Friday, June 11, 2010

Brown Canyon to Parker Canyon Lake

Just 13 miles away--10 from the Brown Canyon trailhead--that's how close to home pretty little Parker Canyon Lake is. Of course there's the small matter of the Huachuca Mountains in the way, making the trip to Parker a 38-mile slog on the dusty Montezuma Pass road, a 50-mile slalom on pavement through Elgin, or an extended round of hurry-up-and-wait transiting Fort Huachuca.

The thought occurs, it'd be easier to walk. So that's what I did. Starting from the trailhead on Ramsey Road, I stitched together the Brown Canyon, Hamburg, Pat Scott, Crest and Sunnyside trails to make my way to the Montezuma Pass Road and onward to the lake. Amy dropped me off before six and promised to meet me at the other end at around one. I didn't envy her the drive.

At the top of Brown, I met a lady and her dog, the latter enjoying a canine favorite: the Bath-n-Guzzle. The water in the trough smelled strongly of algae and tadpoles, a real plus in the dog's opinion. The owner asked me where I was headed, and when I told her she said, "That's certainly ambitious." Heh. "Ambitious" is the new "interesting."

I pushed on up Brown to join the Hamburg Trail, then upward toward the Crest. I made this a test run of my new Vibram KSO Trek foot-gloves, and was happy with the extra traction relative to the slick-soled regular KSOs.

I had good conditions for the hike; an unusually cool day (high forecast in the upper 80s) and wind to keep the bugs away for awhile.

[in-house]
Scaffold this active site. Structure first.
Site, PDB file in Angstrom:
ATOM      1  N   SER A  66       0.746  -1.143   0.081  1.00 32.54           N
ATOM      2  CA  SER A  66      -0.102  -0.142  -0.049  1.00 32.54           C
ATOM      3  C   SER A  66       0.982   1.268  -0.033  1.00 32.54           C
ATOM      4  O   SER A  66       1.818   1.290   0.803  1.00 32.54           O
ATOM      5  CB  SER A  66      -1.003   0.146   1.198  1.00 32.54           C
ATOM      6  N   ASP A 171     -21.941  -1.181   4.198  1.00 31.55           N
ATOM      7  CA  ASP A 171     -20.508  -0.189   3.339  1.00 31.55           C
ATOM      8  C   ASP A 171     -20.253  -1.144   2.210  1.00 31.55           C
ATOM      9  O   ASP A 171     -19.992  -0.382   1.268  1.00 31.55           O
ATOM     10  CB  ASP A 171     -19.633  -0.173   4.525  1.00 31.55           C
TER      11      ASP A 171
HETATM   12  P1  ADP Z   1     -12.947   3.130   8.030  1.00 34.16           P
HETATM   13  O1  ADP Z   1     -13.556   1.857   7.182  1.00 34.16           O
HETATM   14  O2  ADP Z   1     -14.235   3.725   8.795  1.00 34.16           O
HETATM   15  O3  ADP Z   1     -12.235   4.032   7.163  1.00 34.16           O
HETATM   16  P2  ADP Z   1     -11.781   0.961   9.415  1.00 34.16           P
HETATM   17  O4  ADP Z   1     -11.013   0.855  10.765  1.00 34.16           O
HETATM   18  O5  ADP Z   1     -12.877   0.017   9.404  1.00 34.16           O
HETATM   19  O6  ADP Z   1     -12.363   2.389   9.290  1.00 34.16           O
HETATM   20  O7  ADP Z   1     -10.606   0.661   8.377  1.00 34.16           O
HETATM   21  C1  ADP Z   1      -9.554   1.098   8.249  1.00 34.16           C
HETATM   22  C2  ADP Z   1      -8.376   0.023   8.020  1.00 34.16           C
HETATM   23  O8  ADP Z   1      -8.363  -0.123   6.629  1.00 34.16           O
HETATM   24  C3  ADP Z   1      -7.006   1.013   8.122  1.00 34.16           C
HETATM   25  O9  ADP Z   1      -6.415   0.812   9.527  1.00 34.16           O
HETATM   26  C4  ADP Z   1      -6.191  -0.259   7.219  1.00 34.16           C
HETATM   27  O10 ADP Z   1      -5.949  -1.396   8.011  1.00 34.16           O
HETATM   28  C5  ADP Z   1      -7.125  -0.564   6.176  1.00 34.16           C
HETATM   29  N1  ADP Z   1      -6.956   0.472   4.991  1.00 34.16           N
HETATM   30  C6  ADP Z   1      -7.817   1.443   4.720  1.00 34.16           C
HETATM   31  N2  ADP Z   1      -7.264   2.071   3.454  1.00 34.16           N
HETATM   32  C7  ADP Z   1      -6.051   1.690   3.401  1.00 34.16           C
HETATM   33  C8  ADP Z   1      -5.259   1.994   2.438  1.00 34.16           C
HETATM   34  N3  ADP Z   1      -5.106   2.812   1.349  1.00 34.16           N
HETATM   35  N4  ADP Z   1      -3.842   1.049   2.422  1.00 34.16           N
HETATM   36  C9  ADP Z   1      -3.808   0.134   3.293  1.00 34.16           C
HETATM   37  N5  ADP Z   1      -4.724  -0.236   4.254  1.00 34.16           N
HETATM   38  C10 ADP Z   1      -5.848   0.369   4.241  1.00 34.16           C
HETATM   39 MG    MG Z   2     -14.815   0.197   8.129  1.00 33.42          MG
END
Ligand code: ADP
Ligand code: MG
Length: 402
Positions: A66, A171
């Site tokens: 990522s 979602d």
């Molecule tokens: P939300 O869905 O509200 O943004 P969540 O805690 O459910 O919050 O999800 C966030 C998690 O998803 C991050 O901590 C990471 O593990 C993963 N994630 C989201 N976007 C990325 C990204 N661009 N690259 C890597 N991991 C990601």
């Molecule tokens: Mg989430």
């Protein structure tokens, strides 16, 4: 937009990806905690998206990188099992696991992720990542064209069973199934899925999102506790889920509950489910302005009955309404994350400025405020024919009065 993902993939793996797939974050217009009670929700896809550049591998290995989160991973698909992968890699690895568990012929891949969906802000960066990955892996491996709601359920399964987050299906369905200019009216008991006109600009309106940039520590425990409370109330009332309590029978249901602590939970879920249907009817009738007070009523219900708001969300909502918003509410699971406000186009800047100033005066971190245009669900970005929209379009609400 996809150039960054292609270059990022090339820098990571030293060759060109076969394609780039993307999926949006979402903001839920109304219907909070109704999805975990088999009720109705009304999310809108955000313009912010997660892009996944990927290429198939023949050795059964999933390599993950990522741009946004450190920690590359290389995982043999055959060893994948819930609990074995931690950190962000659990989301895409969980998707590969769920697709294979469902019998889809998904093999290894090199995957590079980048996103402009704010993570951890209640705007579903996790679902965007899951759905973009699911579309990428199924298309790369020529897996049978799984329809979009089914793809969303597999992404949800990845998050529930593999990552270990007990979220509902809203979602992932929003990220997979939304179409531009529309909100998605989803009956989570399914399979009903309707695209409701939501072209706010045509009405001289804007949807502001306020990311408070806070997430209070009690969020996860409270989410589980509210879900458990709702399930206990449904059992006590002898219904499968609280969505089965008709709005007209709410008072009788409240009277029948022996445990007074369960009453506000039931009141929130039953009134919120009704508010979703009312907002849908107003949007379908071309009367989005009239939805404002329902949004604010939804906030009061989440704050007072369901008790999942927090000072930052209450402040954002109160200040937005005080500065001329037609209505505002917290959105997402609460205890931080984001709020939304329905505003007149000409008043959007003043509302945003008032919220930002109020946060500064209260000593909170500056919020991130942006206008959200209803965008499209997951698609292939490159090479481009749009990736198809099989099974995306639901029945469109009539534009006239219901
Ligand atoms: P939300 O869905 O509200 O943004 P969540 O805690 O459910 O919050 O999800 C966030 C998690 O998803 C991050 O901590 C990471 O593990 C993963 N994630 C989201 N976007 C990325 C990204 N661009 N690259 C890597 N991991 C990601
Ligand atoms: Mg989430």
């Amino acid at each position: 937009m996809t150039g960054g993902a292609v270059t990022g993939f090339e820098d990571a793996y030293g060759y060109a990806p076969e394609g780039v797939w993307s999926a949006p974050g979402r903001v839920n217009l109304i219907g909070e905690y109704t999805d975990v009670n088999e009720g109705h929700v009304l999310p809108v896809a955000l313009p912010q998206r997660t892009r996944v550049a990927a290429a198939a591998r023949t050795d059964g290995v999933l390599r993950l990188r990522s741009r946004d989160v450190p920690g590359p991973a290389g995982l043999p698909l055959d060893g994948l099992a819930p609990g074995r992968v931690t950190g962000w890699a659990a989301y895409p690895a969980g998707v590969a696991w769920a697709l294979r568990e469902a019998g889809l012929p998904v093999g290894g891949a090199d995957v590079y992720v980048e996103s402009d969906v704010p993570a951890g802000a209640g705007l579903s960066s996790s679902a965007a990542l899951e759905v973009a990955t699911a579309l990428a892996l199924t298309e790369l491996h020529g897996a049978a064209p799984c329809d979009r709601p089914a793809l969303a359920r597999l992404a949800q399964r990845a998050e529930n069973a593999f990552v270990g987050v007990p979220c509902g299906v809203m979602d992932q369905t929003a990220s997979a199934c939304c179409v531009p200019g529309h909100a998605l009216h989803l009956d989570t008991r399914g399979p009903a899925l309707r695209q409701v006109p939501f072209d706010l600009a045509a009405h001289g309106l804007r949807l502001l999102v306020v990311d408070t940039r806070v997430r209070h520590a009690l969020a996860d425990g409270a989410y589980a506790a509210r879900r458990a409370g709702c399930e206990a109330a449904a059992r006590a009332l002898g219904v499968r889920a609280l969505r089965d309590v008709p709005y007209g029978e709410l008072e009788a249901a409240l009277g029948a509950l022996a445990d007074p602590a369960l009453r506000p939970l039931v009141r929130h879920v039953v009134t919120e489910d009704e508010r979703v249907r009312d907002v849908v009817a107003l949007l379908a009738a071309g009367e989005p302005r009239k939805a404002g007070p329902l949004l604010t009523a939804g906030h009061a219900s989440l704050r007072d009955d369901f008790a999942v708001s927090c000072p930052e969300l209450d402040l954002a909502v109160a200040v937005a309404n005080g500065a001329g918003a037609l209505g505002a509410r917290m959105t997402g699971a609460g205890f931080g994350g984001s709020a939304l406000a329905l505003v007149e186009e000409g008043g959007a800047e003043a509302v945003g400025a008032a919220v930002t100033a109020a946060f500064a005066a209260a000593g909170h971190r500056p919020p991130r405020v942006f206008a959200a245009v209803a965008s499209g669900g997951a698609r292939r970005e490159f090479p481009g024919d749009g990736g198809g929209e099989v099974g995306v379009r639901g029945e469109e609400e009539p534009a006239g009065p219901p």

I didn't want to get bogged down with sightseeing, but I snapped a few pictures anyway. It's impossible not to.

Golden Columbine. These delicate beauties were everywhere in the canyon, particularly abundant near streams and seeps. I also spotted some purplish orchids, but they were past their prime, already wilted and withered.

I called Amy when I reached the Crest to assure her that I was on schedule for our one o'clock rendezvous. We'd been texting throughout the morning, mostly cussing out SPOT for a lack of tracking. I cycled power several times, but the tree cover is too dense along most of the route. If SPOT can't get a GPS fix, it won't bother sending a track. I tried once more after hanging up, and bingo! SPOT started tracking.

Just a tenth of a mile south of the junction at the Crest, I picked up the Sunnyside trail for the trip down the other side. The western slopes exposed me to an unpleasant southwest wind for awhile, but as I descended I was swallowed up by forest and once again sheltered from the wind. So too were swarms of bugs, and they gathered around me in malevolent clouds. I was ready for 'em, though. At the last minute I'd dropped a headnet into my pack. I deployed it, careful not to trap any of the bastards on the inside, and experienced the snug comfort of isolation from one of Nature's nuisances--like sitting by a window inside on a stormy night.

Pretty soon I cruised into the ghost town of Sunnyside. Wind and bright sunshine kept spooks and spectres at bay, and I was within striking distance of my goal.

Hit the Montezuma Pass road at around noon, and realized that I had a very good chance of making the lake by one. I picked up the pace and reached pavement in about 45 minutes. I turned on a walkie-talkie (no cell here) and immediately received a cheery deedle-deedle alert tone from Amy. She'd just pulled in to the parking lot. I told her I was a quarter-mile away. Made the one o'clock appointment with seconds to spare, as recorded by SPOT, below.

Stats: 19.6 miles with about 3500 feet of climbing (trailhead to the Crest; thereafter almost entirely downhill).